I mean, of course. Personally that’s been my mission since I quit Cliché and started doing my own film projects and my projects with the skate scene of Malmö. My whole idea for this brand is that I want to inspire artists to inspire themselves – that’s kind of like my rules to live by. I think that is the main point, we are not just a brand that wants to present: ‘Oh here’s these guys, here’s these products, buy our shit because we’re cool.’ We want to show ways for people to be inspired though artwork, maybe photography, films, building your own skateparks and skate spots. We really want to show a way for skaters to be inspired; I think that’s important as a brand. All these people are always talking about giving back to the scene and it’s hard to do it, but we try our best to try and inspire people and hopefully their creativity shines through.


A good example is these Happy/Sad socks we’ve done. First it started with my shoes, then Polar made socks and it’s good to see people wearing them all around the world on Instagram. We just want to inspire people and try to bring out good shit for skaters to be stoked on and try and keep the culture rich and alive.




aaronKP123-038-045-Polar_BOTY-3Aaron Herrington, 50-50 (click to enlarge). Photo by Pepsi Kim. 



_SAM2292Jerome Campbell, fakie kickflip. Photo: Sam Ashley.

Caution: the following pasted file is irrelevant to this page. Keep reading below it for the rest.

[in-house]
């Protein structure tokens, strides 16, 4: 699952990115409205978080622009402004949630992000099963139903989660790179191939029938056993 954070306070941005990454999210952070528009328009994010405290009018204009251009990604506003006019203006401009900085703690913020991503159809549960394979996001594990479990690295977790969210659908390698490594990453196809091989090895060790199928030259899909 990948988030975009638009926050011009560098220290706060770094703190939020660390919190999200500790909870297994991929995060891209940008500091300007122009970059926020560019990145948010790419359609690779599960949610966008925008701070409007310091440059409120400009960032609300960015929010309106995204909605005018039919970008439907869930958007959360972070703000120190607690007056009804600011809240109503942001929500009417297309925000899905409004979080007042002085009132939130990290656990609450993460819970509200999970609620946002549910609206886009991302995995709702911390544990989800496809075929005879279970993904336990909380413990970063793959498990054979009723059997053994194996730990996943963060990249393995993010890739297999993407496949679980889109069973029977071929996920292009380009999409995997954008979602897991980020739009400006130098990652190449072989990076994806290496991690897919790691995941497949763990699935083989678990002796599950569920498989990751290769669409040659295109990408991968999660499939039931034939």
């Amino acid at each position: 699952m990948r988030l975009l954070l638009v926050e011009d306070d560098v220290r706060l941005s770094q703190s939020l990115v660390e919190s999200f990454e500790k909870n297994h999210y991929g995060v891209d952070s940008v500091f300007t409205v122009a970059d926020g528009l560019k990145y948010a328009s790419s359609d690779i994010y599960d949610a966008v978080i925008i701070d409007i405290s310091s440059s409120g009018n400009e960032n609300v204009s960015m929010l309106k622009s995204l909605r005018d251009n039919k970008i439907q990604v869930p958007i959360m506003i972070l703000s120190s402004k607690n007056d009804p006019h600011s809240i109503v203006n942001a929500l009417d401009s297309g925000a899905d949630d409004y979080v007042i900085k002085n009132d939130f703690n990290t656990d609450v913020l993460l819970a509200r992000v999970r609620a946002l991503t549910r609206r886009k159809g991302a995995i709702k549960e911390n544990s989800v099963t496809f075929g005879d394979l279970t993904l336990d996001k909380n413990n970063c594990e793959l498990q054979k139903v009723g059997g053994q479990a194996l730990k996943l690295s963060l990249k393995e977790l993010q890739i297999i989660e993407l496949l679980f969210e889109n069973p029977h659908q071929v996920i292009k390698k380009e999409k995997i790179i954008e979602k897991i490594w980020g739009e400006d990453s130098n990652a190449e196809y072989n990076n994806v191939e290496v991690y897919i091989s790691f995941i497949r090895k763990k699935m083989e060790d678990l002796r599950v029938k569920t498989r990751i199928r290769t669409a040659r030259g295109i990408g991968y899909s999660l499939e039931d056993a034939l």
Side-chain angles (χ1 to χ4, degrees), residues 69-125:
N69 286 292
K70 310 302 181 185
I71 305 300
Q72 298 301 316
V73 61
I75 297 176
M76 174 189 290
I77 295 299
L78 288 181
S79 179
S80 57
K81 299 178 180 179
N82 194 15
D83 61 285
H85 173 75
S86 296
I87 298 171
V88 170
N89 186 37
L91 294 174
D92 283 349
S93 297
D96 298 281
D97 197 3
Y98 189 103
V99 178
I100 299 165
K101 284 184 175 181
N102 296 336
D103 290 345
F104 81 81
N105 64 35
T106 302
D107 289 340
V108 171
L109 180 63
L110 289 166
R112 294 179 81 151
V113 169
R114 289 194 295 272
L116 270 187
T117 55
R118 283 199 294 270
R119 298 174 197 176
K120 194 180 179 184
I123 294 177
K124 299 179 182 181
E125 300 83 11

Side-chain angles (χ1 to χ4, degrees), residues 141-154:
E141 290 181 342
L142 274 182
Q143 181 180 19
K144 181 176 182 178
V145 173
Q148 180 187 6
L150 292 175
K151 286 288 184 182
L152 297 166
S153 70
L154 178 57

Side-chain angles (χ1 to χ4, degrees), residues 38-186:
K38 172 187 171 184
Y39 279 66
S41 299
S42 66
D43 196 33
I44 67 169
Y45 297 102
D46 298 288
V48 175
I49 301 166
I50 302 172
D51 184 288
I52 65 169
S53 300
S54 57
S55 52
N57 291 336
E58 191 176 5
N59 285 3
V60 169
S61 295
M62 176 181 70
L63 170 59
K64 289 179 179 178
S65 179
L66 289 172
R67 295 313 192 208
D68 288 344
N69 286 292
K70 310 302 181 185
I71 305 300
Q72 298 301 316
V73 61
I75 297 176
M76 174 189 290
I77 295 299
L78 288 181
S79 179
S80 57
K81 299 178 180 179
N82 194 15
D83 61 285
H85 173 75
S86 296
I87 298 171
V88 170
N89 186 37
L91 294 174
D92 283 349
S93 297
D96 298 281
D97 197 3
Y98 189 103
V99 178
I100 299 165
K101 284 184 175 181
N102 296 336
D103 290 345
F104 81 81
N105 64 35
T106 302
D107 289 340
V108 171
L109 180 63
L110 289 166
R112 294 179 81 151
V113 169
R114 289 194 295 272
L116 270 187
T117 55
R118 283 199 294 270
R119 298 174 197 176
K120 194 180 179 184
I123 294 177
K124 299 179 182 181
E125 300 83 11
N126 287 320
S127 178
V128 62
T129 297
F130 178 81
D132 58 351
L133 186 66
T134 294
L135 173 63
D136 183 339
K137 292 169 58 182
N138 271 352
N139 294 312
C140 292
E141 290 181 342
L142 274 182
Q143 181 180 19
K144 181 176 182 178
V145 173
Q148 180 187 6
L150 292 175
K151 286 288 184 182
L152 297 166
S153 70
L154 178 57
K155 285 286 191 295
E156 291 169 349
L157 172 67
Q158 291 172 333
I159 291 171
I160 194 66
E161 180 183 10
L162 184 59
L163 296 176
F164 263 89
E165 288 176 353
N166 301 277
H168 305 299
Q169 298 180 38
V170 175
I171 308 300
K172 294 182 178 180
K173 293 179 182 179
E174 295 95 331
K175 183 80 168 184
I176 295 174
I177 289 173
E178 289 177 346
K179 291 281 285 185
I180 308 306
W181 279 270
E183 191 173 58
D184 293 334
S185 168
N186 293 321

Going back a bit, at what point did you decide to start stop riding for other brands and start up Polar?It’s a long story, but basically it all started when I was riding for Cliché and being in America where you are part of a company and I just felt that my visions and my ideas could not really exist within those brands I was skating for.  I had all these feelings and ideas – it started with photography, then film works, and then doing skate projects like building stuff, then I made those two films.  Then all of a sudden, after doing all these creative things I had a fan base.  During those ten years when I was working on the Malmö scene and making films I was really isolated from the industry. But then of course at some point I was just looking at the industry and I thought it was really dry. And I think that’s what Lev felt with Palace and Vivien with Magenta. So instead of sitting around and just complaining about everything I decided to make my own brand. It was mostly to prove to myself that I, together with my team, could make something that people would be stoked on. It was scary, but I just went for it and I could never really have expected what happened so fast and so quickly. It became like a global thing and we haven’t even been around for three years yet. Polar will be three years old in May.